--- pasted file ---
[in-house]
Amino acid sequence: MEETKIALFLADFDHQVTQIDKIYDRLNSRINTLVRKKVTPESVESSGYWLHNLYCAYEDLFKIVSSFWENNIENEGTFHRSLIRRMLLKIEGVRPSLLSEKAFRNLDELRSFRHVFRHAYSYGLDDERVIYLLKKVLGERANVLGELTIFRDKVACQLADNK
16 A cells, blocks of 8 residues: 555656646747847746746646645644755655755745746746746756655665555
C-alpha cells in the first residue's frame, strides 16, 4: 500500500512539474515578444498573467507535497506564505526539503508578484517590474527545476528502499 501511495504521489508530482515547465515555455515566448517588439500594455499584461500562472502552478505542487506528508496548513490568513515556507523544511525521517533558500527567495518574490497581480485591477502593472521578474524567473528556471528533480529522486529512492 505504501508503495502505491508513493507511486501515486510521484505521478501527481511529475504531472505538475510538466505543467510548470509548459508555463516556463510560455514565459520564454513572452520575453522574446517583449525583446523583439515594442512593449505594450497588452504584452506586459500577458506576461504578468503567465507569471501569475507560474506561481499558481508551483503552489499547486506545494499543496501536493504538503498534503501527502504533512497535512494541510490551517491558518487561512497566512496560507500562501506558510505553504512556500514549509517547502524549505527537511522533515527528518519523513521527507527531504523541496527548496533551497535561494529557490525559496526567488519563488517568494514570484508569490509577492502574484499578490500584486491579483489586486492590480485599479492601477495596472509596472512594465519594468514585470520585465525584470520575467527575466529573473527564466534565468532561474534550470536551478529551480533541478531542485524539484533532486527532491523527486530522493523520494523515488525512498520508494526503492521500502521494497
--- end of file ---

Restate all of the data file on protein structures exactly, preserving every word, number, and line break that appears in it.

[in-house]
Amino acid sequence: MEETKIALFLADFDHQVTQIDKIYDRLNSRINTLVRKKVTPESVESSGYWLHNLYCAYEDLFKIVSSFWENNIENEGTFHRSLIRRMLLKIEGVRPSLLSEKAFRNLDELRSFRHVFRHAYSYGLDDERVIYLLKKVLGERANVLGELTIFRDKVACQLADNK
16 A cells, blocks of 8 residues: 555656646747847746746646645644755655755745746746746756655665555
C-alpha cells in the first residue's frame, strides 16, 4: 500500500512539474515578444498573467507535497506564505526539503508578484517590474527545476528502499 501511495504521489508530482515547465515555455515566448517588439500594455499584461500562472502552478505542487506528508496548513490568513515556507523544511525521517533558500527567495518574490497581480485591477502593472521578474524567473528556471528533480529522486529512492 505504501508503495502505491508513493507511486501515486510521484505521478501527481511529475504531472505538475510538466505543467510548470509548459508555463516556463510560455514565459520564454513572452520575453522574446517583449525583446523583439515594442512593449505594450497588452504584452506586459500577458506576461504578468503567465507569471501569475507560474506561481499558481508551483503552489499547486506545494499543496501536493504538503498534503501527502504533512497535512494541510490551517491558518487561512497566512496560507500562501506558510505553504512556500514549509517547502524549505527537511522533515527528518519523513521527507527531504523541496527548496533551497535561494529557490525559496526567488519563488517568494514570484508569490509577492502574484499578490500584486491579483489586486492590480485599479492601477495596472509596472512594465519594468514585470520585465525584470520575467527575466529573473527564466534565468532561474534550470536551478529551480533541478531542485524539484533532486527532491523527486530522493523520494523515488525512498520508494526503492521500502521494497